September 29 We hope the Center on Juvenile and Criminal Justice report released this week will start marijuana reformers questioning the wisdom of Under-21 Prohibition.
This is from Mike Males’s summary of the CJCJ report:
The latest figures show that state reform efforts have brought down marijuana possession arrests and court cases by 90% in Massachusetts and 86% in California, compared to 78% in Washington and 67% in Colorado. Law enforcement is getting the message and deemphasizing marijuana enforcement. Total marijuana arrests, both felonies and misdemeanors, declined by 80% in Massachusetts, 71% in California, and 60% in Colorado (Washington did not provide data on felonies). A fifth state, Connecticut, showed a decline of 64% in marijuana arrests after decriminalization.
How did Massachusetts and California cut marijuana arrests so impressively? For a simple and surprising reason: the “decriminalization” states abolished criminal penalties for marijuana possession by all ages, while the “legalization” states rewarded only those 21 and older.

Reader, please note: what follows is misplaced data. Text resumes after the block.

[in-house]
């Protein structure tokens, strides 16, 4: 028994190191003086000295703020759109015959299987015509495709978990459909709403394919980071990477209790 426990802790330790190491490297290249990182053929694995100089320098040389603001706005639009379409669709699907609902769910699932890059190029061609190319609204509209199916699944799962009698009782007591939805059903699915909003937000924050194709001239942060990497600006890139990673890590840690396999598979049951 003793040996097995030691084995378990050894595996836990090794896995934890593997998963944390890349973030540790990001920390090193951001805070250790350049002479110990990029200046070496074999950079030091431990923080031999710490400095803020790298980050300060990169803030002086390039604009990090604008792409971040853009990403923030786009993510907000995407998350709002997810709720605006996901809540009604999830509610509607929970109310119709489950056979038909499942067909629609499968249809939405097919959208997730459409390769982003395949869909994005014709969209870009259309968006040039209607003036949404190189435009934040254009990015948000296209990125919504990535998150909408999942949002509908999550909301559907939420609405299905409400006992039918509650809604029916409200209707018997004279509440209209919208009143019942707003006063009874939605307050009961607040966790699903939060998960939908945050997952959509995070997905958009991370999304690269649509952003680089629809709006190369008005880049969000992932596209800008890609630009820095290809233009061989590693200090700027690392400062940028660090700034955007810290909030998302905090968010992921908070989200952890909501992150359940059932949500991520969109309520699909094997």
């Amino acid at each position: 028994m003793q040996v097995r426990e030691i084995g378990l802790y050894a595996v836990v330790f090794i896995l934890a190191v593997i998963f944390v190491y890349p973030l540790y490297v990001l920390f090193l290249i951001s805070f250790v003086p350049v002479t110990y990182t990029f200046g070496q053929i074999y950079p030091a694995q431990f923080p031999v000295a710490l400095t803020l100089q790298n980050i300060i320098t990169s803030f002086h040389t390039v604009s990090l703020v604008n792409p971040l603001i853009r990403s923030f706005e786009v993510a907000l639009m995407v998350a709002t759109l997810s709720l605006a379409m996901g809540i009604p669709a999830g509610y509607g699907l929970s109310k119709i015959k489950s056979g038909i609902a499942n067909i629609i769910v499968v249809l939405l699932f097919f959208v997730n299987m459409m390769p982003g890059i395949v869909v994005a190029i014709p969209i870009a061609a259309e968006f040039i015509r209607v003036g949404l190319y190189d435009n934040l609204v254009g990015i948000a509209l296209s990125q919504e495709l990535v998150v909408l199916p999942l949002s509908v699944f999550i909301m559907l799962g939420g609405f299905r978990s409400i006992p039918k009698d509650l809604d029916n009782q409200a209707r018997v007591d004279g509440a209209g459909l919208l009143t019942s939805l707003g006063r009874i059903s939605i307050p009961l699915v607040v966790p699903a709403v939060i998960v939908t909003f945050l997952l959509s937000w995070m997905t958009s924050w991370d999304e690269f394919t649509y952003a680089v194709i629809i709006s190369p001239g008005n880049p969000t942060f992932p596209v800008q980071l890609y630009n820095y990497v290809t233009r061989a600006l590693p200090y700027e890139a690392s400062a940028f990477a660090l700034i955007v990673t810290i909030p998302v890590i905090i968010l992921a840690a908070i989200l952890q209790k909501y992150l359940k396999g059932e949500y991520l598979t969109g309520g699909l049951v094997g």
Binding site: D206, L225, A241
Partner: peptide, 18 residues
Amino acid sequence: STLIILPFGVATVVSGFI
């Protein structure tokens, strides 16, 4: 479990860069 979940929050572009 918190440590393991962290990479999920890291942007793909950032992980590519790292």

Colorado’s and (particularly) Washington’s initiatives retained criminal penalties for those under age 21. That’s a big failing, given that persons under 21 comprise 40% to 50% of all marijuana possession arrests. Even a simple marijuana arrest can involve severe costs and other penalties, including loss of federal benefits and student loans. Massachusetts and California teenagers are much safer from the damage of arrest than teens in Washington and Colorado.
O’Shaughnessy’s line on the subject is laid out here.